Citizen Cope, "The Clarence Greenwood Recordings"
-album cover courtesy of RCA
Every weekend a hopeful singer-songwriter can be found up on a stool in a darkened bar, intimately holding onto his acoustic guitar. He sings and strums to an audience that probably can't hear his words over their drunken arguments and smoky conversation. Every so often though, the audience will turn their ear toward the stage and shut their intoxicated mouths, only to find out that they should have been listening all along.
Enter Clarence Greenwood, a.k.a. Citizen Cope. Here is a young singer-songwriter who performs as if his audience spends much of its time on the early morning corners of a corrupt street.
Forget the boyish, sweetie-pie charm of John Mayer and the ridiculous pretty-boy-toy-of-an-artist Ryan Cabrera, and enter the intellectual. With all the clowns holding acoustic guitars nowadays traveling solo through manufactured and corporate sugar-coat celebrations, it is a huge relief to see that this generation has its own John Lennon.
For a folk album, "The Clarence Greenwood Recordings" is bigger than hip-hop, and for a hip-hop album, it is far too streetwise to be folk. Much like contemporary musicians Beck, Lauren Hill and Everlast, Citizen Cope holds tight to his six-string hollow body and sits firmly planted front-row center to make folk music cool again. Much like his contemporaries, Cope also chooses his subjects very wisely within his lyrics to reflect on his own misfortunes and the human race's shortcomings.
Street credibility and enlightenment together is a fine recipe not only for pop culture successes but also for the successes of human history. Personal relationships, social commentary, and political bitterness combined with optimism and honesty are a call of the wild.
It is rare that a Marvin Gaye or a Neil Young, a Tupac or a Bob Dylan should come around to actually speak a little bit of truth in a culture that tolerates its popular music in the form of falsity with acidic lip-sync refluxes and wardrobe malfunctions. Citizen Cope sings with stone-glazed, worrisome eyes and a stiff upper lip. His modest harmony and his lock-jaw singing style fit perfectly with his porch-blues loneliness.
Cope keeps it catchy and upbeat even though most of his medium is remorseful. Wow, an artist who has honest feelings for his subjects? Has the music world finally found a real human with real emotions in his performance? You be the judge.
At times, Citizen Cope falls flat into ambience, for his energy seems to be sort of contained, making his powerful words somehow become indolent. His voice is a David Gray without the excitement, so perhaps if Citizen Cope wishes to hit a little harder in vocal energy, he should pay attention to the folk furiousness of Bright Eyes' "I'm Wide Awake It's Morning."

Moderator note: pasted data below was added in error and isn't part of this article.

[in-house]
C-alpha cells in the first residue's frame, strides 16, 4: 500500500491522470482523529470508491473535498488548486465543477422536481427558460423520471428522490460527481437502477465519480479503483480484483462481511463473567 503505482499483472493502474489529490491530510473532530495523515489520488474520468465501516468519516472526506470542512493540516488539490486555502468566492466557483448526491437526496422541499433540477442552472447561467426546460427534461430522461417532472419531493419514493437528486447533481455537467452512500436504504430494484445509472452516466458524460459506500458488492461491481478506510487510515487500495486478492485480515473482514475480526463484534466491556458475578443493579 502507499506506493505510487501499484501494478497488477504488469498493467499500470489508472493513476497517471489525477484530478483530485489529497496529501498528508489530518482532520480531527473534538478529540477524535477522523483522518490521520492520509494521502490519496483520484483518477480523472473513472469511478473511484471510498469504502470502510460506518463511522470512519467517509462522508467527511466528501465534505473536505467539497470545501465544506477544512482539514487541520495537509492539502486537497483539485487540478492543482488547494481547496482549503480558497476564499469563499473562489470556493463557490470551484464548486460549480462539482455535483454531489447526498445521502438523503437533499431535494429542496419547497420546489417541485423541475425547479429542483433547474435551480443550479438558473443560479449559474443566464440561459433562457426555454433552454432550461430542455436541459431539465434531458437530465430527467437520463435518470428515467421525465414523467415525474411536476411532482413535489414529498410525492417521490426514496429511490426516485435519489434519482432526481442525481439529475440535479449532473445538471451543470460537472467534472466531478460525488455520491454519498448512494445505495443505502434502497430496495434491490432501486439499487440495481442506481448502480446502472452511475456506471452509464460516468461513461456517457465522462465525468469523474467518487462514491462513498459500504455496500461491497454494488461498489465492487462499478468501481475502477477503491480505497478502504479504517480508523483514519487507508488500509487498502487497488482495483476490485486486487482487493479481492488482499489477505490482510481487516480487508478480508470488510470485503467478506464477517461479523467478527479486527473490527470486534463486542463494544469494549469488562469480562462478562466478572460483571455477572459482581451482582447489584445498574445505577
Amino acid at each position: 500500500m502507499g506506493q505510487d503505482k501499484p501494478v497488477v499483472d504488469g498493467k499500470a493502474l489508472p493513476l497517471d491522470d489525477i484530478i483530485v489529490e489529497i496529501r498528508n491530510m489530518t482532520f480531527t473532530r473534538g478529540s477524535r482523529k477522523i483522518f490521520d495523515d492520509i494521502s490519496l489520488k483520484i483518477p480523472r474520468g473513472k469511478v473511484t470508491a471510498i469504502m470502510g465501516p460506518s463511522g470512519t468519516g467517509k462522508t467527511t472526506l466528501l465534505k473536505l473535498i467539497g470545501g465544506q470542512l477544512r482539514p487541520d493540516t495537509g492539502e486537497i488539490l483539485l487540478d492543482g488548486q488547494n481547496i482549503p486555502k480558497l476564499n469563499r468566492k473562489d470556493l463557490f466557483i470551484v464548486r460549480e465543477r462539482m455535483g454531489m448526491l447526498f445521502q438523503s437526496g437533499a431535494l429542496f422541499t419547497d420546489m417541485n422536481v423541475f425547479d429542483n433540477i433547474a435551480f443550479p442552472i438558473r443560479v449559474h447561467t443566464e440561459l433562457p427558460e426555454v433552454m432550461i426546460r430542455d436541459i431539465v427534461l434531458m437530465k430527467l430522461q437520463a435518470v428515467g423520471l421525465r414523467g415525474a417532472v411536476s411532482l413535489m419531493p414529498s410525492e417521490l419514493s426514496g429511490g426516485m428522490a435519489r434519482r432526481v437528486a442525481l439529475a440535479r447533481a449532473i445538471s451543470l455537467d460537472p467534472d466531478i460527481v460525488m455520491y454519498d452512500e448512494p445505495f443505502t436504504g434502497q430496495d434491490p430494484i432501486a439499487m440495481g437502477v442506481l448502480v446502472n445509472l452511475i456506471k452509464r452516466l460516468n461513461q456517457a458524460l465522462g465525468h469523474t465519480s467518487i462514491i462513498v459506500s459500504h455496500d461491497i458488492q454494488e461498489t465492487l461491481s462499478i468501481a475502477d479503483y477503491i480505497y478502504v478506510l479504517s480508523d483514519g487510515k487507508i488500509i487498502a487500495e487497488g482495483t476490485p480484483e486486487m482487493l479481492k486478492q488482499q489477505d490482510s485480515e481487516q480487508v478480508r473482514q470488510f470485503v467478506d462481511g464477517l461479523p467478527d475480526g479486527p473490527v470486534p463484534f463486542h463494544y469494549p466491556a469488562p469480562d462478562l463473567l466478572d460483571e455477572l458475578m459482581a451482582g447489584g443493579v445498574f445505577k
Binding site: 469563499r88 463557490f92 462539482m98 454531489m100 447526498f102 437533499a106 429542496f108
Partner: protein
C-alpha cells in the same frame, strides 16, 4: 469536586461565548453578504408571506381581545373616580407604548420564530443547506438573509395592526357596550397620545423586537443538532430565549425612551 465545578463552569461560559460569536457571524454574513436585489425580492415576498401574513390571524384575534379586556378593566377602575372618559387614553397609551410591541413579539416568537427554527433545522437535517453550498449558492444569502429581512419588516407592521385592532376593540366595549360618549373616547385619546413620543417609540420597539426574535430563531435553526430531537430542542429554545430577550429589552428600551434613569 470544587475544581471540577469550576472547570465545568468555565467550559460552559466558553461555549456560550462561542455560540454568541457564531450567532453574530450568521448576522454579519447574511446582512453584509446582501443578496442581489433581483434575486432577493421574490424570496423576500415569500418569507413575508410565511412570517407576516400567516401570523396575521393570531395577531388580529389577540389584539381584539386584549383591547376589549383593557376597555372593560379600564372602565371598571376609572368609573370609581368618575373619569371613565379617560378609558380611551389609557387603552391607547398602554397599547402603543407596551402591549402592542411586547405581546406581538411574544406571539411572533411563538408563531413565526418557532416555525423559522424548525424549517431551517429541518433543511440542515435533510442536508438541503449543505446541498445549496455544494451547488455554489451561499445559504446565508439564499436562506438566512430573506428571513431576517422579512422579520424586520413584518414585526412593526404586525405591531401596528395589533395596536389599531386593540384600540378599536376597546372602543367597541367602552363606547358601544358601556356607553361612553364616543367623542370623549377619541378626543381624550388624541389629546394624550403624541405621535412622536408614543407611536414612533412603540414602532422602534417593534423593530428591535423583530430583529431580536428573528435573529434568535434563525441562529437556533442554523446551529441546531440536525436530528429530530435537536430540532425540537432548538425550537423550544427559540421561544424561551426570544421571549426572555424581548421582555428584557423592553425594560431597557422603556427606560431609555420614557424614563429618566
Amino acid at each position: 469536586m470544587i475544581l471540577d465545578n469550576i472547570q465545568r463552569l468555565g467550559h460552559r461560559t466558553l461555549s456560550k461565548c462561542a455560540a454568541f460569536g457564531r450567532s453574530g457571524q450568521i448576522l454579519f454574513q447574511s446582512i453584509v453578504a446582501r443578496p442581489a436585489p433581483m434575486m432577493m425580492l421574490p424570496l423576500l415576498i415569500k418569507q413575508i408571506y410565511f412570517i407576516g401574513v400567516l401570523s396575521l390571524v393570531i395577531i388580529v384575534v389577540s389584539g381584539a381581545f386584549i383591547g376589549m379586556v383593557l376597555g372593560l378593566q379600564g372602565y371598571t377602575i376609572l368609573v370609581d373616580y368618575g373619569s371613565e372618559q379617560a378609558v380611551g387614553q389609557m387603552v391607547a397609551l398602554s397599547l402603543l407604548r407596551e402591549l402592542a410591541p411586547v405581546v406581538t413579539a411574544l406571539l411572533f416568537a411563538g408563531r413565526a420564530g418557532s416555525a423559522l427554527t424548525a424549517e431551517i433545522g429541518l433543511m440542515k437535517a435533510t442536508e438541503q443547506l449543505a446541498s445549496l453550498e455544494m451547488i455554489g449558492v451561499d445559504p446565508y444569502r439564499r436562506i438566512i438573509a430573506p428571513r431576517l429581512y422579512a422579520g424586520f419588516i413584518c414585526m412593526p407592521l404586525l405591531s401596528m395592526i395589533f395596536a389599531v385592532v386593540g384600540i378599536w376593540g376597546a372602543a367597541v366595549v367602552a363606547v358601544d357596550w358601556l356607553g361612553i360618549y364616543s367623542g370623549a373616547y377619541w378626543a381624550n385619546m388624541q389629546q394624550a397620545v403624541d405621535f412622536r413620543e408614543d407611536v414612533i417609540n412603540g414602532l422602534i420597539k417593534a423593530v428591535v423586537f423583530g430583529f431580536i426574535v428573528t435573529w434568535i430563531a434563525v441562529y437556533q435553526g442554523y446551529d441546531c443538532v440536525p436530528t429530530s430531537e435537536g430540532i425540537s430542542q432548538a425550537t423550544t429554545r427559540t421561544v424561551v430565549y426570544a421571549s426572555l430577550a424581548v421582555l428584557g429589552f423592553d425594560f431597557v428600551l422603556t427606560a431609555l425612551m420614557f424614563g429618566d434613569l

What gives Cope's album its beefiness is the way the beats seem to pull you right into each acoustic note. The soft tones of Cope and his guitar lay quite comfortably over the raw hip-hop head bobbing.
Some key tracks include the melodic single "Bullet And A Target," the imprisoning eeriness of the song "Penitentiary," and the reggae-groove feel of the love song "Pablo Picasso." "My Way Home" has Marvin Gaye written all over it, and the song "D'Artagnan's Theme" helps lighten the mood with a waltz-like sound to it.
Citizen Cope should be a must-have if either folk or emotional hip-hop sits in your collection. Clarence Greenwood sounds homeless but not hopeless. It's as if a voice from an ugly alley is a sigh of relief, and as if the streets have enough room for the sublime to fit in.
DJ Spooky That Subliminal Kid and Dave Lombardo Present, "Drums Of Death"
-album cover courtesy of Thirsty Ear Records
Hailing from New York City, DJ Spooky is one of the most integrative artists ever to win over the likes of mainstream music and also hold on to his raw sound, while at the same time highlighting the club scene and gaining credibility in critics' ears. Don't be fooled by his name, for "Spooky" is a lot deeper than you think.
DJ Spooky can be categorized under his philosophical turntables. He was one of the revolutionaries in combining ambient and haunting sounds with the energy of club and dance hall music. Think DJ Shadow with fewer ghosts and a few more drinks. It is spooky music, but the drums are here to keep this album in shape as well.
Joining DJ Spooky on "Drums Of Death" is a drummer known as Dave Lombardo. For those who don't know whom he is, Lombardo played drums in the thrash metal band Slayer. Now, some of you may be thinking that funk and metal just can't fit together, but don't forget the days of Rage Against The Machine where cyborg guitar styles and hip-hop vocals and drums combined to make a prizefight for music history.
But the metal chops that are sampled are more thrash oriented and shoot for meanness over contagiousness. Collectively, the album would sound like another Linkin Park/Xecutioners matchup if it weren't for the Led Zeppelin-esque drum solos beating you to death every once in a while.
DJ Spooky is an intelligent artist with the knack for a catchy tune, but the combination of funk styles and heavy metal mentalities seemed to work better in the early days of the Red Hot Chili Peppers or the early '90s with the Southern California psychotic band Infectious Grooves. Together, the crescendo that both musicians are searching for on "Drums of Death" could be hidden within these contradicting styles.
Slayer fans will probably not pick this album up unless they have a club side to them. Most listeners might wonder how it is possible for a man to share the stage with an intellectual DJ and share the stage with the nihilistic presence of Slayer guitar-axe-murderer Kerry King. Well, find out for yourself.